The problem is, though, that everything about traditional banks is monolithic

The problem is, though, that everything about traditional banks is monolithic: There is a change control process that is audited, and overseen by regulators, and there’s usually very little discretion in how this is applied: It’s applied to everything. Add to that not only are the processes long, complicated and multi-layered (banks usually only add process, rather than revising what’s already there), and that entire internal organisations have evolved whose very existence is based around ensuring those processes are followed, and you have a recipe for stasis, for waterfall plans and ‘big bang’ releases. This is not an environment conducive to speed, optionality and experimentation. Agility is all about testing and iterating, and this ain’t it.

Banks are acutely aware of this. They try to get around it with ‘innovation departments’ where empowered teams get to experiment, and shape the future. The trouble is that in most cases, they can only innovate within an ‘innovation bubble’, and they can’t put changes into a live environment. This means that they can innovate as much as they like, but when they want to test something for real, they hit the wall, and get stuck in the big waterfall process (as well as facing considerable resistance from their ‘non-innovation’ colleagues who resent the team who are allowed to ‘play with technology’ without accountability.)

Build small, low-risk services, and put them in the hands of small groups of real users

So how do we tackle this? Well, the road will be long and hard, but one approach is to start small: Build small, low-risk services, and put them in the hands of small groups of real users: Get dispensation to launch something ‘real’ with a pragmatic subset of the full ‘belt and braces’ production-readiness process.: Get buy-in from the top, and involve empowered expert decision-makers (and when I say ‘involve’, I mean charge them with delivering: They need to be on the hook for this; they don’t just get to provide opinions (‘opinions’, in my experience have caused the slow death of many initiatives.)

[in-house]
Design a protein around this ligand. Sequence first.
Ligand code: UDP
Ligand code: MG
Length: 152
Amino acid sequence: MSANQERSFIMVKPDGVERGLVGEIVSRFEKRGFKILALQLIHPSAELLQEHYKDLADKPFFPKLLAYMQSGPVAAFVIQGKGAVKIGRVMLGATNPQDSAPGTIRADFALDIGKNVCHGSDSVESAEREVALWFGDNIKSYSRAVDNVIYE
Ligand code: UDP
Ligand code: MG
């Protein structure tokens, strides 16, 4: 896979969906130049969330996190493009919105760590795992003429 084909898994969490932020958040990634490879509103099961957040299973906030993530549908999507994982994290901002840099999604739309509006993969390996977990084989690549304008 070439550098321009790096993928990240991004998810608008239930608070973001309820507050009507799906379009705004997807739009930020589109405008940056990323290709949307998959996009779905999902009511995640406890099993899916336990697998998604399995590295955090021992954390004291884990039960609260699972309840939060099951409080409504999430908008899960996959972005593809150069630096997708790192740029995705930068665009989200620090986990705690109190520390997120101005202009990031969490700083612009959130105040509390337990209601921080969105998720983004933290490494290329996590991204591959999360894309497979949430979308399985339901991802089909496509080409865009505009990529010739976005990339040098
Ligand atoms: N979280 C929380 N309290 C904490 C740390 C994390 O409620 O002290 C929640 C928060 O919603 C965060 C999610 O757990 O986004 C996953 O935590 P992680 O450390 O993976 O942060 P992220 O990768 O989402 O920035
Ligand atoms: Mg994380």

And start small in lots of places. Build lots of things, make lots of (relatively!) cheap bets. Not all will be successful, but some will. And build them in such a way that, when something works, you can scale it, and have other systems reuse it. Gradually replace your estate.

Not taking risks is risky: Even inaction is an ‘action’. You’re better off taking bets that range their level risk. Take a lesson from portfolio theory: A balance of nearly sure things, right through to the rather risky, but come with a very good reward. To be secure isn’t to eliminate risk. It’s to balance the inevitable risk. It’s okay for your risk to not pay off - it happens. Learn from it and keep going. Changing your mindset about risk can open up new opportunities you’d never have had otherwise. Give it a go.

 Nick Funnell
About the author

Nick Funnell

Nick is responsible for engineering and technology within 11:FS Consulting, supporting our engagements with client-focused solutions, delivered iteratively by talented engineers using best-of-breed technology.